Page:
THERE ARE TIMES when I can't help but like Sidney Ponson, the enfant terrible who was jailed on Christmas Day for allegedly assaulting a local judge on an Aruban beach.
Ponson, like myself, is defiantly out of shape. You have to respect that. He also is a fun-loving guy who tries to squeeze the most out of every day, which wouldn't necessarily be a bad thing if he had a clue about how to go about it without ruining a promising baseball career.
This is just the most egregious episode in a misspent youth that has left Orioles officials scratching their heads on more than one occasion. Ponson reportedly was confronted by several beach-goers in Boca Catalina after operating his personal watercraft in an inconsiderate manner. Police say he struck one of the men in the group several times, sending him to a local hospital.
Ponson is supposed to be a hero in Aruba, where he was granted knighthood in the Order of the Dutch Royal House in 2003. He is wealthy beyond the imagination of most of his countrymen, and might be expected - at age 28 - to act in accordance with his local stature.
Instead, he apparently was acting like an obnoxious teenager and didn't appreciate being called on it. Now, he's likely to face charges of assault and battery in an Aruban court ... a situation certainly complicated by the fact that the man he allegedly beat up is a judge.
So much for the notion that Ponson experienced some kind of epiphany at the halfway point last season and started to mature as a pitcher and a person. He's obviously still the same, old Sidney, which means the Orioles are under even more pressure to sign a free-agent starting pitcher to help lead their young rotation.
It is times like these that I'm reminded of the famous scene in Animal House, when Dean Wormer tried to give the portly freshman known as Flounder a little life lesson.
"Fat, drunk and stupid," he said, "is no way to go through life, son."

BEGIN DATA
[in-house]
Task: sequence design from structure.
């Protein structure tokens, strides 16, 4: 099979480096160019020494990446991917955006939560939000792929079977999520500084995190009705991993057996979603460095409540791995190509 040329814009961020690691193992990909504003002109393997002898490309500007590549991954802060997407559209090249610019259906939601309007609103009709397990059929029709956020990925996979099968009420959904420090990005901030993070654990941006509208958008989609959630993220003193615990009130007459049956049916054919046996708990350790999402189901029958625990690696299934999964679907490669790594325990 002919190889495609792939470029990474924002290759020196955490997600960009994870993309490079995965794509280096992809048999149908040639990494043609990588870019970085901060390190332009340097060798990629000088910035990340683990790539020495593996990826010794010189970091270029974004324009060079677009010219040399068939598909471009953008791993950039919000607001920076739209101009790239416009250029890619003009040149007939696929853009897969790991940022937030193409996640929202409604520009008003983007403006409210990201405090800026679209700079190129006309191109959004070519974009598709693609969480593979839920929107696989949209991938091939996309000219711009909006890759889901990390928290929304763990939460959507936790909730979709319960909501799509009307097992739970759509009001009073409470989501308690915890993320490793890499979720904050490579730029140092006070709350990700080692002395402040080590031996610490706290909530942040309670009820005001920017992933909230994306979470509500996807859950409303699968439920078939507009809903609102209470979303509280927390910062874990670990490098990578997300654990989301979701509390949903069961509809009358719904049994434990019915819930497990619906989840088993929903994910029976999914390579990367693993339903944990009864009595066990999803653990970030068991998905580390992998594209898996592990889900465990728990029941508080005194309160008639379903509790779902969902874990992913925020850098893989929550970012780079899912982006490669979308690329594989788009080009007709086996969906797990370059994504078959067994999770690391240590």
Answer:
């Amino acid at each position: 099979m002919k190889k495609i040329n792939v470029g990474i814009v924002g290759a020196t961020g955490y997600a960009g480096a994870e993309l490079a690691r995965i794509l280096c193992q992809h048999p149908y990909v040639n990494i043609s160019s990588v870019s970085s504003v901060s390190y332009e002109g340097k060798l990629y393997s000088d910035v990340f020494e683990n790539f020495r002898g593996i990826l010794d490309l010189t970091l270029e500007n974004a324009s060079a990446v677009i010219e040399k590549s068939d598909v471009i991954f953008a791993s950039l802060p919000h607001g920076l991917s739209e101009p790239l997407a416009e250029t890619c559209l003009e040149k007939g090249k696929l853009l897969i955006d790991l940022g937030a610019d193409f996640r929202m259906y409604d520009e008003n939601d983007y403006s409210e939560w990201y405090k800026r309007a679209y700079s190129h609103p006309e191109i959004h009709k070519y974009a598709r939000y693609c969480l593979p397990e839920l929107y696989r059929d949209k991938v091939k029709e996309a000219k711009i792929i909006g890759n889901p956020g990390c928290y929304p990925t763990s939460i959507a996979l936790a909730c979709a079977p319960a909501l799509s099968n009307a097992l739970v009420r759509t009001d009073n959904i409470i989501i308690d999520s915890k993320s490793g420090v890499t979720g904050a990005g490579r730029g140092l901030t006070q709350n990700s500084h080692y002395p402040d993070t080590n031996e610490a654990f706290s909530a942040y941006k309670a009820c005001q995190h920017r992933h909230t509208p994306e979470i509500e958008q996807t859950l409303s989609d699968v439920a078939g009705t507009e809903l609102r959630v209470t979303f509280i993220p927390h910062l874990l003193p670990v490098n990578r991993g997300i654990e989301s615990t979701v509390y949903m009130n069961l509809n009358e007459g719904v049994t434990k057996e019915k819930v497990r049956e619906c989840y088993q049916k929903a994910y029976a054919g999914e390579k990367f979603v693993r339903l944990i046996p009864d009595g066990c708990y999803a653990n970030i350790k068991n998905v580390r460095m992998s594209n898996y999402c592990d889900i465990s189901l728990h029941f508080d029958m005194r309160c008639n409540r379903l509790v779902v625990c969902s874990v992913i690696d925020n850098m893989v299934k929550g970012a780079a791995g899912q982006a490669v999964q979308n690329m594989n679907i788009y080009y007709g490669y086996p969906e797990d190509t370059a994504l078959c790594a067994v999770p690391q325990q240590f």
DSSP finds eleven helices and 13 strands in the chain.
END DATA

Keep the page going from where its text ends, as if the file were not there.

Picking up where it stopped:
Don't know if Sidney was drinking that day, but two out of three is bad enough.
If you understand football, and apparently I don't, it probably makes perfect sense for Kyle Boller to try to throw downtown every time the Ravens get an uplifting first down.
Hey, you've got to play vertical football if you want to get anywhere in the NFL, right, so you've got to take a shot now and then. I just think (and, remember, I don't know the first thing about football) that Brian Billick and Matt Cavanaugh keep getting ahead of themselves.
There were at least two instances yesterday when Boller went for the home run on first down and interrupted what appeared to be a pretty nice offensive rhythm. No doubt, Billick was hoping to persuade the Steelers to loosen up on the defensive line - and cut Jamal Lewis some slack - but all the Ravens succeeded in doing was making it that much tougher to move the ball with any consistency.
Forget about the element of surprise, because everybody in the league has figured out that the Ravens are going to take those shots ... and when they are going to take them. They've been doing it ever since Boller started to get comfortable behind center in a vainglorious attempt to prove that he is the right quarterback to lead them to the Super Bowl.
So here's where the whole thing gets a little strange for me. I'm starting to believe that Boller will get there, that he will be the star-quality quarterback Billick has envisioned since the team made him its first pick in the 2003 draft. There were flashes of brilliance during yesterday's game, and there have been signs of real progress throughout the season.
The trouble lately has been the seeming obsession with pushing him out of his comfort zone and into an accelerated learning curve to keep up with the other good young quarterbacks in the league.
The kid can throw, and he has shown that he can run a little bit when the situation presents itself. But he does not have the playmakers at the other end of the ball to take the giant developmental leap that would allow Billick and the Ravens to trump their critics with the ultimate "I told you so."
Contact Peter Schmuck at firstname.lastname@example.org.